If you hadn’t noticed, I have been focusing on the idea of giving for this Christmas series of blogs. I have talked about the simple gifts we encounter in life, the actual gift of being alive. I lingered on the grinch and how to offer gifts to those grinches in our lives. Sunday I explored the idea of discovering the gifts the universe has given you. Today I will bring things back into focus for the time of year.
As churches galore remind us - Jesus is the reason for the season. Regardless of whether you are a follower of Jesus or not, there is no avoiding the season of Christmas. Living in the US and avoiding Christmas is like living in Houston and avoiding humidity. No matter how little you are interested in participating in it, avoidance is impossible. Christmas is here.
Please don’t think I am about to begin proselytizing, because I am not. As much as this blog tackles human issues in a spiritualized way, it is not about religion. The Christmas season doesn’t seem to be much about religion either anymore. Our society tends to focus more on tradition and family than the idea of church. Sure, church happens during the holidays, but I am sure no one would be surprised to know that church attendance spikes right around Christmas. This jump doesn’t happen because people suddenly become religious - they aren’t - they go because they always have; it is tradition.
What is also tradition is celebrating the birth of the Christ child. Nativities pop up like wildflowers in April. Some houses have one, some have many. Some church groups have fun with the live Nativity. We have a few at home - we even have an abstract one I really like.
The whole point of the Nativity scene is to remind us that the season is intended to center around Christ. According to the Bible and tradition, Jesus came to the Earth to be born, to live, and then to be sacrificed and die for us, cleansing the human race of sin. Christmas celebrates the first part of the story - the initial giving of the gift of Christ from God.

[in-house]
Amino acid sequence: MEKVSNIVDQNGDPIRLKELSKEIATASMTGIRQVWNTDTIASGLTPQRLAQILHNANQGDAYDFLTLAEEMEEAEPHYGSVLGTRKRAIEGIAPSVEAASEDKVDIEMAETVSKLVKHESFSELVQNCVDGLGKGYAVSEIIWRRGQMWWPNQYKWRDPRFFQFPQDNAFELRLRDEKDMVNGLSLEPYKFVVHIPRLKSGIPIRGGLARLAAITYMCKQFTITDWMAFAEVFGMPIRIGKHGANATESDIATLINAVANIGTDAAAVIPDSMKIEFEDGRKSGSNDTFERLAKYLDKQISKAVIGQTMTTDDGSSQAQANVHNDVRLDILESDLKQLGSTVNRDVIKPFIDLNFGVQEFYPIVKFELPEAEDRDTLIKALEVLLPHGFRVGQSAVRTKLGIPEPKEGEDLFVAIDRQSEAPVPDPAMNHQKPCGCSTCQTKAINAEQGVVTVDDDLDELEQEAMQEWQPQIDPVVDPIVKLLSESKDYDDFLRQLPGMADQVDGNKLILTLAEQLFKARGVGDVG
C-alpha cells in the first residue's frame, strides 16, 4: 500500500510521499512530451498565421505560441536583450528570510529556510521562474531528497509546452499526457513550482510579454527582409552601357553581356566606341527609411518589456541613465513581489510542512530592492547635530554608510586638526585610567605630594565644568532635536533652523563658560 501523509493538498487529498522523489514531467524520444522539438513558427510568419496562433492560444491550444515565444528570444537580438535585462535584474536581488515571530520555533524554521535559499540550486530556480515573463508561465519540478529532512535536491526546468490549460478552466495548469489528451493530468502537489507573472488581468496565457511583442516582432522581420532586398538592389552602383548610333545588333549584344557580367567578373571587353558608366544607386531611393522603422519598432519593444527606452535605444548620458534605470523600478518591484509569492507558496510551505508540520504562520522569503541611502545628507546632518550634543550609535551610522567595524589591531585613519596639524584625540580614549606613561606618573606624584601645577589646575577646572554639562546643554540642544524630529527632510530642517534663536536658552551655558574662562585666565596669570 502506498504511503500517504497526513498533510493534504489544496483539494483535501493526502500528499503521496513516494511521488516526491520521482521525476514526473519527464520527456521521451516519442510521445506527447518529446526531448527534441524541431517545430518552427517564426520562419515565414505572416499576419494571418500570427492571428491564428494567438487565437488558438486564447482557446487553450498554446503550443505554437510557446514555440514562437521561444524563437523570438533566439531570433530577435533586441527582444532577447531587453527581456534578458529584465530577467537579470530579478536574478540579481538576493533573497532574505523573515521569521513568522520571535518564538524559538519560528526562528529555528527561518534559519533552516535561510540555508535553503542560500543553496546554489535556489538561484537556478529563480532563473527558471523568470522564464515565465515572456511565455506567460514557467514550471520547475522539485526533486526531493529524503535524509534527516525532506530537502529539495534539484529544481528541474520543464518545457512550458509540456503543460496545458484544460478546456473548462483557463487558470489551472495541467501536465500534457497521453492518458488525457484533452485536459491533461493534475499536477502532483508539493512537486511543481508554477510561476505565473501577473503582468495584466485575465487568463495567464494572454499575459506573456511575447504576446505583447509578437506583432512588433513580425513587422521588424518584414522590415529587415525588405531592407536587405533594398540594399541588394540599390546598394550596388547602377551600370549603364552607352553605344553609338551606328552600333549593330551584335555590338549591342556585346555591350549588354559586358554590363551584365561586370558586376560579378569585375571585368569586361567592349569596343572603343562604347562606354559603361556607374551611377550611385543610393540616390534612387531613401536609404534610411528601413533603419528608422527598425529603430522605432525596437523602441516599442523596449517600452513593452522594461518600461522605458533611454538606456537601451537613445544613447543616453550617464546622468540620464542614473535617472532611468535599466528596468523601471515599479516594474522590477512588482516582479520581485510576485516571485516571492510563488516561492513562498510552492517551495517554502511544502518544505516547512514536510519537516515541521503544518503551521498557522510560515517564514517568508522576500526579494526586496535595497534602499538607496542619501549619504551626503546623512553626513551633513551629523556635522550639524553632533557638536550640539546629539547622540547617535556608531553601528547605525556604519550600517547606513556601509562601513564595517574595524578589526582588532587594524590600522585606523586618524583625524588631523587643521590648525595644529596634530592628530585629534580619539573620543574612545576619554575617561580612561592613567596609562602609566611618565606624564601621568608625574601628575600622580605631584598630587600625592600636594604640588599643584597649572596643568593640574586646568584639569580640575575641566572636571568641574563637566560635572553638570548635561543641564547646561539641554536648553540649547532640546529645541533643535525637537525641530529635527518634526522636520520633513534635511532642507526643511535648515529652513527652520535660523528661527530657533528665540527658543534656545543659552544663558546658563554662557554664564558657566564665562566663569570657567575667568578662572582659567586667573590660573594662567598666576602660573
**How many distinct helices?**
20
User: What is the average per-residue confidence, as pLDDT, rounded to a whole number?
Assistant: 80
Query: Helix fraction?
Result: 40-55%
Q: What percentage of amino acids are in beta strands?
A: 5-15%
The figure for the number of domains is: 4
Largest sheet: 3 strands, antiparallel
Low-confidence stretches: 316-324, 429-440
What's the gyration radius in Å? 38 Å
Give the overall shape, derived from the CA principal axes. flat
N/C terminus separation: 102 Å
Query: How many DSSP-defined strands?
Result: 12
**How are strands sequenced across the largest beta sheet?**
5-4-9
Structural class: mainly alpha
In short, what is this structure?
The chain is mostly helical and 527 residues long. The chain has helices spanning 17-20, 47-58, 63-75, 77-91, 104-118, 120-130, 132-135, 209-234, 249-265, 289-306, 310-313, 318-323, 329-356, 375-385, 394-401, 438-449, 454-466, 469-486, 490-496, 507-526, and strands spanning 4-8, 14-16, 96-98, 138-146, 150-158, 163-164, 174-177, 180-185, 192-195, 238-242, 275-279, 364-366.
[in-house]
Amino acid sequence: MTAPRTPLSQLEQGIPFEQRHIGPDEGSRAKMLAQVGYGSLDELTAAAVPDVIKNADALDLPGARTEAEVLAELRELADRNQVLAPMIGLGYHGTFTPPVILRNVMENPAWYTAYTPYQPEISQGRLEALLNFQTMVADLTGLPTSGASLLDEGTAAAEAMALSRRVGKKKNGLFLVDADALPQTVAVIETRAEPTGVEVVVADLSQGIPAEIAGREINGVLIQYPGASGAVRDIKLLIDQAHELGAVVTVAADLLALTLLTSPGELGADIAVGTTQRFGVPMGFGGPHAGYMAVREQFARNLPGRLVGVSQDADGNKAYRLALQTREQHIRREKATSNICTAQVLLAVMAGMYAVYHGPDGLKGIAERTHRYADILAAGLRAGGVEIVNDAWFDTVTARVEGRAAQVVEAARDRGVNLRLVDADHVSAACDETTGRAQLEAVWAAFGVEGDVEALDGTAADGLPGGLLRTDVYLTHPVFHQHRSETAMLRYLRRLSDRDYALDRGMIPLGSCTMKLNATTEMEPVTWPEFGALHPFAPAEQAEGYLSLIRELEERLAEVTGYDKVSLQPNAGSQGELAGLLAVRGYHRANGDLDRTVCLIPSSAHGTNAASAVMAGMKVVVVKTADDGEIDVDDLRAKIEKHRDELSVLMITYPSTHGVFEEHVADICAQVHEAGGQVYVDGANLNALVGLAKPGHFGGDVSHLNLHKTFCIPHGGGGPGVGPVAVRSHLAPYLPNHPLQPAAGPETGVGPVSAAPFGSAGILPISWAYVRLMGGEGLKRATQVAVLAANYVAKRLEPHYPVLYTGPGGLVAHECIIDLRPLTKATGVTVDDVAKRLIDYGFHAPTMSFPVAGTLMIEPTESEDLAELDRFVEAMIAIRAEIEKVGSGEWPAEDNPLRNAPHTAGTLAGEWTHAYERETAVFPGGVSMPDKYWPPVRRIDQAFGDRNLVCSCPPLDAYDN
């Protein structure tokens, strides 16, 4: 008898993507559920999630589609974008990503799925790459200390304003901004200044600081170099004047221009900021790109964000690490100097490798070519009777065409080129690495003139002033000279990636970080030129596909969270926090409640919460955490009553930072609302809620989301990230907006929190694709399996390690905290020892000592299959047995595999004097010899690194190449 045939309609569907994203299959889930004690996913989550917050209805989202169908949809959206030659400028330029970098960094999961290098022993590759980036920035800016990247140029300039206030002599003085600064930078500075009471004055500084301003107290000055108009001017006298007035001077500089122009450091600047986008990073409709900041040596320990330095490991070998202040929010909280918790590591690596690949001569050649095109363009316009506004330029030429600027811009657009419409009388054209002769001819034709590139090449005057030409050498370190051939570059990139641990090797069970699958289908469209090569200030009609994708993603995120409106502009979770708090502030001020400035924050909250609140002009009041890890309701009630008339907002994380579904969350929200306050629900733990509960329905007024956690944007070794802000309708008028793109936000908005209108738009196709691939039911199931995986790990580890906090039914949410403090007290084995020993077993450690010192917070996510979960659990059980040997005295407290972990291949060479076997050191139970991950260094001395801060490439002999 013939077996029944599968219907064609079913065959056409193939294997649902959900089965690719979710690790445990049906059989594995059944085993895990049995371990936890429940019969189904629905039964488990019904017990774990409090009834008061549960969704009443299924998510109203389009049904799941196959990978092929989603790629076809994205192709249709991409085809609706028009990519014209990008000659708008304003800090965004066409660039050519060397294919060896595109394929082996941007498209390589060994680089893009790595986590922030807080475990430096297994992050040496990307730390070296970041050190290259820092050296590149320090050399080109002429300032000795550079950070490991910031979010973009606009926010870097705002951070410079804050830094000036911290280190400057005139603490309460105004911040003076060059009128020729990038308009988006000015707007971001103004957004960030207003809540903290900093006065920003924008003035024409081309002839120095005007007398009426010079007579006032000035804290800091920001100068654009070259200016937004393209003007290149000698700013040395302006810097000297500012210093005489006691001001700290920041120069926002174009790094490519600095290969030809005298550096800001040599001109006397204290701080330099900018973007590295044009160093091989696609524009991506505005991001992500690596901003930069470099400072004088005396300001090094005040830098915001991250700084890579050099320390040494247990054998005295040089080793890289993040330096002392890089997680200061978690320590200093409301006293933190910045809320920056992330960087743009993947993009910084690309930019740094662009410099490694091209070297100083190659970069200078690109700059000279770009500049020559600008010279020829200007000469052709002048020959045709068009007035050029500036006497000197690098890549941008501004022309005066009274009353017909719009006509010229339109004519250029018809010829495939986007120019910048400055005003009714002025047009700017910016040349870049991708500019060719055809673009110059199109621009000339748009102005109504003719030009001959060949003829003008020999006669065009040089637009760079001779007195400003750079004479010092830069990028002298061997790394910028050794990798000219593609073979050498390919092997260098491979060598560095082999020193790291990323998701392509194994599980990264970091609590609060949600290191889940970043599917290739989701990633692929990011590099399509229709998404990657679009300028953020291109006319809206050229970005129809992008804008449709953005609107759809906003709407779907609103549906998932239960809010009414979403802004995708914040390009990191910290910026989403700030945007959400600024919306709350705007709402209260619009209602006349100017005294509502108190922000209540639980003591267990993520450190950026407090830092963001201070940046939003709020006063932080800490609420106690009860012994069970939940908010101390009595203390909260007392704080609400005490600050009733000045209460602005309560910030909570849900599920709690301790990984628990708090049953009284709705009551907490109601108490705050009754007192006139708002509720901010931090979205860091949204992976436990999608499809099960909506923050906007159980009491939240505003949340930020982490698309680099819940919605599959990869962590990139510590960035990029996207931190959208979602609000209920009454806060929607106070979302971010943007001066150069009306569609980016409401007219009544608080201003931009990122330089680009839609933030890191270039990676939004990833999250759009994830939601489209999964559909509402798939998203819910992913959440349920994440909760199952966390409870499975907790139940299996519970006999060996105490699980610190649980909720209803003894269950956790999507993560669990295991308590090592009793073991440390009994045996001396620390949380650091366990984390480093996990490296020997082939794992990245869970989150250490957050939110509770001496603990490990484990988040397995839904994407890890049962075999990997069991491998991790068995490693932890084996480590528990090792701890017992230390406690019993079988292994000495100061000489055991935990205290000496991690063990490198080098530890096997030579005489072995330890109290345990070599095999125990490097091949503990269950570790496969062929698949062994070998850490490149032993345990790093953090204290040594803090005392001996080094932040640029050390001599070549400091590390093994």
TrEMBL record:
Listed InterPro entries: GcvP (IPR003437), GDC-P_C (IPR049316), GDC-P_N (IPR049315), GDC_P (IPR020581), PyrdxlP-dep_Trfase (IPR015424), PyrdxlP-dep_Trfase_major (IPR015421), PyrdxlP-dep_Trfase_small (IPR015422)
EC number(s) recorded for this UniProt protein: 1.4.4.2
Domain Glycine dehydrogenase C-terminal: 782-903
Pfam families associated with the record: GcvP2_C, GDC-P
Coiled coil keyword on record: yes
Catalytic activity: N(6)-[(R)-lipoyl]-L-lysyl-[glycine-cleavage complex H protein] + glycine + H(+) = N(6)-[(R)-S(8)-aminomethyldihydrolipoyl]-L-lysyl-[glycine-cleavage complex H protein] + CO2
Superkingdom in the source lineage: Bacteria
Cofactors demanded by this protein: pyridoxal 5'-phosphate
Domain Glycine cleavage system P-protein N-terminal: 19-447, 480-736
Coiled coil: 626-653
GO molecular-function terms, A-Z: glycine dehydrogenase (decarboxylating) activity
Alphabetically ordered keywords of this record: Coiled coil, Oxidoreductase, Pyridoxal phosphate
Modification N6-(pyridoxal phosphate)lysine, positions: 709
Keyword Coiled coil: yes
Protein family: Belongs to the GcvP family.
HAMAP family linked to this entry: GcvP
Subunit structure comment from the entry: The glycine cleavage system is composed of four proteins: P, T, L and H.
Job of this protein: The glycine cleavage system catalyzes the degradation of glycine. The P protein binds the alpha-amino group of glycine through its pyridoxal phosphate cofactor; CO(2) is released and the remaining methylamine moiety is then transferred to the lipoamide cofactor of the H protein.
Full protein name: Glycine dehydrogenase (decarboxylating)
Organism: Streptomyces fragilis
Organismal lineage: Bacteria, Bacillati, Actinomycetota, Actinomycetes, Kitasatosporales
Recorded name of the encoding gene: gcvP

The birth of Christ did not only only result in his death on the cross. Some argue that Christ’s life was more significant than his birth or his death. The teachings found in the Gospels are blueprints for living, guiding readers towards a more humanist approach, rather than a selfish one. Living as the Gospel’s teach means living a caring, giving, loving life.
Many Christians today are eager and waiting for the second coming of Christ. They scour the scriptures for evidence of when and where. The Left Behind book series follows a group of post-rapture survivors as the fight to survive until the second coming. Most believe in an apocalyptic course of events ending with the Judgement where the wheat and the chaff will be sorted and dealt with accordingly. Christ will return and slay his enemies and lead a newly reborn Earth into the millennial kingdom.
In the 1990s, the phrase WWJD became popular, originating amongst Evangelical Christians as a reminder to follow the moral imperative defined in the Gospel writings. In any given situation, you were instructed to consider what would Jesus do; the resulting answer would be based on scriptural evidence from Jesus’ teachings. While no Christian teaching I have ever encountered suggests that anyone can truly live a sinless life as the Gospels say Christ did, following the outlines of the WWJD principal can certainly bring you closer.
Instead of waiting for Christ to come again and cleanse the world of wrong doers and evil, allow yourself to be the second coming of Christ. Work to see his spirit in every thought and deed, be driven by the same pure, humanist motivation, find comfort and peace in treating others as you would be treated. Christ told his followers that the kingdom of heaven is at hand - nothing has changed. All this is possible and more.
God’s gift to the world was more than just a death, it is the possibility of life. The potential for living exists in every single one of us. Every moment we choose whether or not to access that potential. Find the opportunities to truly live and honor the gift we have been given.